Production and consumption of rice

Dhaka,  Tue,  25 July 2017
Published : 10 Jul 2017, 20:01:57
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Production and consumption of rice

Rice is now grown mostly by landless, marginal and small farms and their market share has been going up over time. This trend warrants attention in devising incentive schemes for rice. Particularly, this group would benefit from a well-designed procurement drive whereas in the past, only large and medium groups allegedly used to benefit, writes Abdul Bayes
A glance at production and marketing of different crops, obtained from a survey of 62 villages from rural Bangladesh, the recent one being in 2014, reveals interesting insights into the emerging scenario in the field of commercialisation of agriculture in Bangladesh. Over 90 per cent of farms in Bangladesh grow paddy rising over time possibly reiterating the need for food security.  The average production of paddy per farm was estimated to be close to 3.0 tons in 2014 - marginally lower than that of 2000.  

Maize is a recent crop grown by one-tenths of farmers, thus, mostly meeting the needs of poultry industry. Pulses, onions and oilseeds seem to have staged a comeback after a prolonged downturn in acreage and production. It may be mentioned here that these crops were forced to take a backseat in the wake of the advent of High Yielding Varieties (HYVs) of rice and the need for food security. By and large, all these crops, excepting the cash crops, have historically been produced to cater to the needs of home consumption.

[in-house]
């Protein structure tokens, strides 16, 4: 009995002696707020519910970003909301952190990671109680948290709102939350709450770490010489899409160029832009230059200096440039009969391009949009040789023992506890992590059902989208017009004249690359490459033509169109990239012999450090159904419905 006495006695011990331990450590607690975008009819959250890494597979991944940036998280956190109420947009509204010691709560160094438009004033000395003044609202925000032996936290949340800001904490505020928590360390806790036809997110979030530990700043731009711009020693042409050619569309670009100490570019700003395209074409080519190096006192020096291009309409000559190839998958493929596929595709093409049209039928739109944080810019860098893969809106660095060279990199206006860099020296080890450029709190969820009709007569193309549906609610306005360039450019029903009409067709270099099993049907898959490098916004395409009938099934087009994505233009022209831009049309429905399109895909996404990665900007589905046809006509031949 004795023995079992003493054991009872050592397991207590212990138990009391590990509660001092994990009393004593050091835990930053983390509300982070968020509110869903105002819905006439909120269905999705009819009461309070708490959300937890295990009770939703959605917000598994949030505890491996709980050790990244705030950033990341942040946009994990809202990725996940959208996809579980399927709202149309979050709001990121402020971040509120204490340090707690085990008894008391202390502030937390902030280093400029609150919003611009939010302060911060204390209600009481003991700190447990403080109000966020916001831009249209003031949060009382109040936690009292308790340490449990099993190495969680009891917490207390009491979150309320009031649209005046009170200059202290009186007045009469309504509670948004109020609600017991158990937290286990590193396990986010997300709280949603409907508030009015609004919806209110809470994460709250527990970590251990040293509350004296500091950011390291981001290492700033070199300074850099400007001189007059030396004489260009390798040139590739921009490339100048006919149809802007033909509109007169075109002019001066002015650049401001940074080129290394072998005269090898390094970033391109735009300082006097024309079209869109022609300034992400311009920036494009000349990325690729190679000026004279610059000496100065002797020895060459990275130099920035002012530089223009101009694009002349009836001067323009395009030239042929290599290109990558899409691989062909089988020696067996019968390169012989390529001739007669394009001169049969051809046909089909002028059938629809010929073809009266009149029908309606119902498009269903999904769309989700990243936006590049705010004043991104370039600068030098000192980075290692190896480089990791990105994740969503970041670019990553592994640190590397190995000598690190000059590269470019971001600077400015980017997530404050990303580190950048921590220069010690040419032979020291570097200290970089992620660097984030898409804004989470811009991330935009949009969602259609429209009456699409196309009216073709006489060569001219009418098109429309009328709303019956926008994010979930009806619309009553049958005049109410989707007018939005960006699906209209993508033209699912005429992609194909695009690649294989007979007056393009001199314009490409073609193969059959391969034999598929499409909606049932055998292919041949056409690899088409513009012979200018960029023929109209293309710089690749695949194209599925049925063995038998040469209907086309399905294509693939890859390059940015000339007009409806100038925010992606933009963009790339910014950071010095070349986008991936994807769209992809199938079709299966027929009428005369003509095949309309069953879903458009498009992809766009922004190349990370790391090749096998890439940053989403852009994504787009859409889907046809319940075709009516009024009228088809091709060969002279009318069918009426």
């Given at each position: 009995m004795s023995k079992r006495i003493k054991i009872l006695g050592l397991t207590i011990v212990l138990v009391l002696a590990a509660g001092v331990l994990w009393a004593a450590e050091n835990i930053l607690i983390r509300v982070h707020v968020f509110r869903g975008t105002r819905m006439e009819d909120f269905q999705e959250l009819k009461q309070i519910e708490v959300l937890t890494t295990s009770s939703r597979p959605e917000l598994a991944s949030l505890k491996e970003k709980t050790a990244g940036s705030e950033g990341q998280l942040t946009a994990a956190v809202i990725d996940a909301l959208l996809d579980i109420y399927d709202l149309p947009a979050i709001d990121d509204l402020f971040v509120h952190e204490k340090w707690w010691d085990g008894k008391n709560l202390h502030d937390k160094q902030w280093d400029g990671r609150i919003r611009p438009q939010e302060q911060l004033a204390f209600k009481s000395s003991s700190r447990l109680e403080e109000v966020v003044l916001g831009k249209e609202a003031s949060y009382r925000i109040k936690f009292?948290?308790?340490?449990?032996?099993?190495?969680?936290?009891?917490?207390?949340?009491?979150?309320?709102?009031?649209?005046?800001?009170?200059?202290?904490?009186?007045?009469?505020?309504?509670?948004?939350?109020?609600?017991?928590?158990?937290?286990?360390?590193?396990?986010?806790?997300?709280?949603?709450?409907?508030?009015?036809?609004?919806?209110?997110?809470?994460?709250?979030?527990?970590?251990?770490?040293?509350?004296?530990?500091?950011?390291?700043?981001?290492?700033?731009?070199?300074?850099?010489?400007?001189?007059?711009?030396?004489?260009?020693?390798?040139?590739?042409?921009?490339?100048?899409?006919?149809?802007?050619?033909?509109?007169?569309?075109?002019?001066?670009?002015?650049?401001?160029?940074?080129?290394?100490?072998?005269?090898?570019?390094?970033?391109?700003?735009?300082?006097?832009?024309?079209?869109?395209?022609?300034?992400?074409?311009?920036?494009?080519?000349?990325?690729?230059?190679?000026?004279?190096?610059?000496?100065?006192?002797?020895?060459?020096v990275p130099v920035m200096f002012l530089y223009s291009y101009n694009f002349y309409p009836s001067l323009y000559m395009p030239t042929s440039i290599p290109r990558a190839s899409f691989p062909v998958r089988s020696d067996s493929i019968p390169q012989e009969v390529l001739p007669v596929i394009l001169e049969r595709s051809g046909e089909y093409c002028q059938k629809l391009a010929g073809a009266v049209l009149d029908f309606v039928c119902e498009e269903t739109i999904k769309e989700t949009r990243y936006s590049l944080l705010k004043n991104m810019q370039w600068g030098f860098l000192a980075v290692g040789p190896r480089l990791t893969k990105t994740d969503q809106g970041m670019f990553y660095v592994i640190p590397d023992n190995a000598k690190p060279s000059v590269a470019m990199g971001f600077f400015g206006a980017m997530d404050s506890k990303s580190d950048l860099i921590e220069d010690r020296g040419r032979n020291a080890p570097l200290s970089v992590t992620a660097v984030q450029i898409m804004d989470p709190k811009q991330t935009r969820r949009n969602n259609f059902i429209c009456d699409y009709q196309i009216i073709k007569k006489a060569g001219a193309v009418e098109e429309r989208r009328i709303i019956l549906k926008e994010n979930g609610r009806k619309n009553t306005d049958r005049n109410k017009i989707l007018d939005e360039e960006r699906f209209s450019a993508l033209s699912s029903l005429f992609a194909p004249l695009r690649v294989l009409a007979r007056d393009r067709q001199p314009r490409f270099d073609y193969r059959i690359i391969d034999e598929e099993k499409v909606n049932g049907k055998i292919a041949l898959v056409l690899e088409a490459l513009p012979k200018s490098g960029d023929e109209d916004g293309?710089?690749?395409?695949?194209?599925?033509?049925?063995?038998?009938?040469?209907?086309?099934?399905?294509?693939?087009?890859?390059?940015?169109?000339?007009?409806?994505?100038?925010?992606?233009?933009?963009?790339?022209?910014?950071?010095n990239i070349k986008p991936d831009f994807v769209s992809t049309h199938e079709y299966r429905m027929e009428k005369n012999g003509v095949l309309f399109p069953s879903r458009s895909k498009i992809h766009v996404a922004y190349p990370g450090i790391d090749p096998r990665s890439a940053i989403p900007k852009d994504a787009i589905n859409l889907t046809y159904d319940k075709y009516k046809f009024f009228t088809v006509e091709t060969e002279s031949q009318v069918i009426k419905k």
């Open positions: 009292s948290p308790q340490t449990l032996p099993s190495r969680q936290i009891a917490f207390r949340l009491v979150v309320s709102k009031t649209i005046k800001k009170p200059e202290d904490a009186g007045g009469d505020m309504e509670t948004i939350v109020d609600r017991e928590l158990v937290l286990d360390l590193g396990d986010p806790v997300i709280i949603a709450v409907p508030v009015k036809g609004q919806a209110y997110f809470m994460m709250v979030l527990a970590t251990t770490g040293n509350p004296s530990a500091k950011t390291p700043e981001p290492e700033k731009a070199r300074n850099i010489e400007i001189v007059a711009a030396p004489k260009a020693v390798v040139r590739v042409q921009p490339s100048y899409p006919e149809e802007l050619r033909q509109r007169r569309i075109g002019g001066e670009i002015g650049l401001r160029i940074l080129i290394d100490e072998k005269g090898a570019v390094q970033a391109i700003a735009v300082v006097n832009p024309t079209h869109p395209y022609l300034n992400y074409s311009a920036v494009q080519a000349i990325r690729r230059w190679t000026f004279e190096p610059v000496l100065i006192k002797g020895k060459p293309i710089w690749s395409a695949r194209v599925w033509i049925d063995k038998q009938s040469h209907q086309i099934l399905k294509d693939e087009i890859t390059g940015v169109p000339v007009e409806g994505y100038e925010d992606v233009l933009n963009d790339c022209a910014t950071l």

But things have changed as far as marketing of these crops is concerned. Take the case of paddy - the staple crop. About a half of the total output was being marketed in recent years against one-thirds in 2000 and one-fourths in 1988. Again, four-fifths of total maize and two-thirds of wheat now find ways to the market.  Historically, 80-95 per cent of the cash crops like jute and sugarcane were sold in the market to meet cash needs of households. This still continues. 

However, the monotonic rise in the incidence of marketing of cereal crops seem to show that market-related incentives matter for producers of cereal crops. Likewise, increased incidence of marketing of crops like pulses, oilseeds and potatoes suggest that households growing these crops also need market-related incentives to match supply with growing demand. A number of factors could be adduced to the growing market orientation on the part of the rural households: (a) an increase in land productivity resulting from new technology helped households reap a better harvest from the same quantity of land, (b) improvements in communications, including telecommunications and media, widened the base of market information, (c) a reduction in household size reduced home consumption thus leaving some outputs for the market, and (d) perhaps, people are changing their pattern of consumption behaviour from paddy to non-paddy items.